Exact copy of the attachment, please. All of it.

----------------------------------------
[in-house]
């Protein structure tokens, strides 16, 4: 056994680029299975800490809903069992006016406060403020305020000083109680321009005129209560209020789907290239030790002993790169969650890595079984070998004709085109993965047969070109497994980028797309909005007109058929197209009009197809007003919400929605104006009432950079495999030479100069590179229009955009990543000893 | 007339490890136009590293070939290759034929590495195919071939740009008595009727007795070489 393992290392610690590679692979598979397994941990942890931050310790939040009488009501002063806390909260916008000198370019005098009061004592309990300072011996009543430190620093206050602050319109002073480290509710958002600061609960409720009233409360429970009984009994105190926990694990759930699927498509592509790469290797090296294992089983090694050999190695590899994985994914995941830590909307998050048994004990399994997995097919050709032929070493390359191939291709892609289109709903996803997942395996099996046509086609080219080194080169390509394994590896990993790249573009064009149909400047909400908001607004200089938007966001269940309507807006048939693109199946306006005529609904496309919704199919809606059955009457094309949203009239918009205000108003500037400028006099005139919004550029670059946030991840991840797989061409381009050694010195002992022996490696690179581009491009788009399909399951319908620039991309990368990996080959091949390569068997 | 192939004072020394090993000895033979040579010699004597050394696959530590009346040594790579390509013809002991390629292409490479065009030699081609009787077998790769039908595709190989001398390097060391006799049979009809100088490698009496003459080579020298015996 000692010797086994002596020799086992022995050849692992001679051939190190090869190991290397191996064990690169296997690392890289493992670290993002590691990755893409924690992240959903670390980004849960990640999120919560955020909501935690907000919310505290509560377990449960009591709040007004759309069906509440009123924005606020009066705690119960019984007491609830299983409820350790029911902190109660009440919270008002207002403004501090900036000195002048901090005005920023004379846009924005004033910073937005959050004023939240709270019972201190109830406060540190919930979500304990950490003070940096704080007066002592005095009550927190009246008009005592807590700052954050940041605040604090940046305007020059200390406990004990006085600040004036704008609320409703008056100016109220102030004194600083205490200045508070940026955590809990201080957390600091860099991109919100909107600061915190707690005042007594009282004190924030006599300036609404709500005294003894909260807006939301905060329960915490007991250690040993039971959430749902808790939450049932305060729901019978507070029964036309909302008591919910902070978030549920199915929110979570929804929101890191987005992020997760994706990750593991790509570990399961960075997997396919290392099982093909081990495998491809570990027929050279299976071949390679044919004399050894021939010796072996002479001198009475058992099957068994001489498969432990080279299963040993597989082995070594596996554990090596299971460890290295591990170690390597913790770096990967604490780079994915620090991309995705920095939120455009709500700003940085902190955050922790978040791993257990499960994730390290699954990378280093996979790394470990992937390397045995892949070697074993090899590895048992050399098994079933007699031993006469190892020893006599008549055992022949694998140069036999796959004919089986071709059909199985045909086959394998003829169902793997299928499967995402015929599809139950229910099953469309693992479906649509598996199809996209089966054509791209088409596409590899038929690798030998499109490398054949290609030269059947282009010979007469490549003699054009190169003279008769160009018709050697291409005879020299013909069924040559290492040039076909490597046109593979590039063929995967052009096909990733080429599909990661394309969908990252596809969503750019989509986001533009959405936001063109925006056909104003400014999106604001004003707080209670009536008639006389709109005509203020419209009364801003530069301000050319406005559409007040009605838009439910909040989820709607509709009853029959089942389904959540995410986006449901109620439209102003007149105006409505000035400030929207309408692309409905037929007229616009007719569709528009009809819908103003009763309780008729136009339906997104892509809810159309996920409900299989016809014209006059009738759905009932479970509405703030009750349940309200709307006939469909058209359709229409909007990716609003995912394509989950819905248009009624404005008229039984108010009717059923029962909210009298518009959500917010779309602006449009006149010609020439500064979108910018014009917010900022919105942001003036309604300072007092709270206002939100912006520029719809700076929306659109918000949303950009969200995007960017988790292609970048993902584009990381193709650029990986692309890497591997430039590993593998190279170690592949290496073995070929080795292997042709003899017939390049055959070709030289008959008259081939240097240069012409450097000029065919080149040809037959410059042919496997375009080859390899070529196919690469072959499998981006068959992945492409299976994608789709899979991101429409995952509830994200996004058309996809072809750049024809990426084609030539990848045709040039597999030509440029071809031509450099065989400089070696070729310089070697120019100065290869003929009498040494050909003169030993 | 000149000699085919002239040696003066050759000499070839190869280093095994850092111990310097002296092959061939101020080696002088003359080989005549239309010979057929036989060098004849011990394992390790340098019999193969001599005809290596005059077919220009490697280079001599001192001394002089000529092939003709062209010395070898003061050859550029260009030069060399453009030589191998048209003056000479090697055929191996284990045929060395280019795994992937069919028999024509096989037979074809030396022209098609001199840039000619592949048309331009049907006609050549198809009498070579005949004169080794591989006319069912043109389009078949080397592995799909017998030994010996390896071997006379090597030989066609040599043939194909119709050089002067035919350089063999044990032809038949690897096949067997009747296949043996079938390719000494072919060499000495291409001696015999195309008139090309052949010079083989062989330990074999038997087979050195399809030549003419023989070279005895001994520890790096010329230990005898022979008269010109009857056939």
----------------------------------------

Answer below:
[in-house]
């Protein structure tokens, strides 16, 4: 056994680029299975800490809903069992006016406060403020305020000083109680321009005129209560209020789907290239030790002993790169969650890595079984070998004709085109993965047969070109497994980028797309909005007109058929197209009009197809007003919400929605104006009432950079495999030479100069590179229009955009990543000893 | 007339490890136009590293070939290759034929590495195919071939740009008595009727007795070489 393992290392610690590679692979598979397994941990942890931050310790939040009488009501002063806390909260916008000198370019005098009061004592309990300072011996009543430190620093206050602050319109002073480290509710958002600061609960409720009233409360429970009984009994105190926990694990759930699927498509592509790469290797090296294992089983090694050999190695590899994985994914995941830590909307998050048994004990399994997995097919050709032929070493390359191939291709892609289109709903996803997942395996099996046509086609080219080194080169390509394994590896990993790249573009064009149909400047909400908001607004200089938007966001269940309507807006048939693109199946306006005529609904496309919704199919809606059955009457094309949203009239918009205000108003500037400028006099005139919004550029670059946030991840991840797989061409381009050694010195002992022996490696690179581009491009788009399909399951319908620039991309990368990996080959091949390569068997 | 192939004072020394090993000895033979040579010699004597050394696959530590009346040594790579390509013809002991390629292409490479065009030699081609009787077998790769039908595709190989001398390097060391006799049979009809100088490698009496003459080579020298015996 000692010797086994002596020799086992022995050849692992001679051939190190090869190991290397191996064990690169296997690392890289493992670290993002590691990755893409924690992240959903670390980004849960990640999120919560955020909501935690907000919310505290509560377990449960009591709040007004759309069906509440009123924005606020009066705690119960019984007491609830299983409820350790029911902190109660009440919270008002207002403004501090900036000195002048901090005005920023004379846009924005004033910073937005959050004023939240709270019972201190109830406060540190919930979500304990950490003070940096704080007066002592005095009550927190009246008009005592807590700052954050940041605040604090940046305007020059200390406990004990006085600040004036704008609320409703008056100016109220102030004194600083205490200045508070940026955590809990201080957390600091860099991109919100909107600061915190707690005042007594009282004190924030006599300036609404709500005294003894909260807006939301905060329960915490007991250690040993039971959430749902808790939450049932305060729901019978507070029964036309909302008591919910902070978030549920199915929110979570929804929101890191987005992020997760994706990750593991790509570990399961960075997997396919290392099982093909081990495998491809570990027929050279299976071949390679044919004399050894021939010796072996002479001198009475058992099957068994001489498969432990080279299963040993597989082995070594596996554990090596299971460890290295591990170690390597913790770096990967604490780079994915620090991309995705920095939120455009709500700003940085902190955050922790978040791993257990499960994730390290699954990378280093996979790394470990992937390397045995892949070697074993090899590895048992050399098994079933007699031993006469190892020893006599008549055992022949694998140069036999796959004919089986071709059909199985045909086959394998003829169902793997299928499967995402015929599809139950229910099953469309693992479906649509598996199809996209089966054509791209088409596409590899038929690798030998499109490398054949290609030269059947282009010979007469490549003699054009190169003279008769160009018709050697291409005879020299013909069924040559290492040039076909490597046109593979590039063929995967052009096909990733080429599909990661394309969908990252596809969503750019989509986001533009959405936001063109925006056909104003400014999106604001004003707080209670009536008639006389709109005509203020419209009364801003530069301000050319406005559409007040009605838009439910909040989820709607509709009853029959089942389904959540995410986006449901109620439209102003007149105006409505000035400030929207309408692309409905037929007229616009007719569709528009009809819908103003009763309780008729136009339906997104892509809810159309996920409900299989016809014209006059009738759905009932479970509405703030009750349940309200709307006939469909058209359709229409909007990716609003995912394509989950819905248009009624404005008229039984108010009717059923029962909210009298518009959500917010779309602006449009006149010609020439500064979108910018014009917010900022919105942001003036309604300072007092709270206002939100912006520029719809700076929306659109918000949303950009969200995007960017988790292609970048993902584009990381193709650029990986692309890497591997430039590993593998190279170690592949290496073995070929080795292997042709003899017939390049055959070709030289008959008259081939240097240069012409450097000029065919080149040809037959410059042919496997375009080859390899070529196919690469072959499998981006068959992945492409299976994608789709899979991101429409995952509830994200996004058309996809072809750049024809990426084609030539990848045709040039597999030509440029071809031509450099065989400089070696070729310089070697120019100065290869003929009498040494050909003169030993 | 000149000699085919002239040696003066050759000499070839190869280093095994850092111990310097002296092959061939101020080696002088003359080989005549239309010979057929036989060098004849011990394992390790340098019999193969001599005809290596005059077919220009490697280079001599001192001394002089000529092939003709062209010395070898003061050859550029260009030069060399453009030589191998048209003056000479090697055929191996284990045929060395280019795994992937069919028999024509096989037979074809030396022209098609001199840039000619592949048309331009049907006609050549198809009498070579005949004169080794591989006319069912043109389009078949080397592995799909017998030994010996390896071997006379090597030989066609040599043939194909119709050089002067035919350089063999044990032809038949690897096949067997009747296949043996079938390719000494072919060499000495291409001696015999195309008139090309052949010079083989062989330990074999038997087979050195399809030549003419023989070279005895001994520890790096010329230990005898022979008269010109009857056939």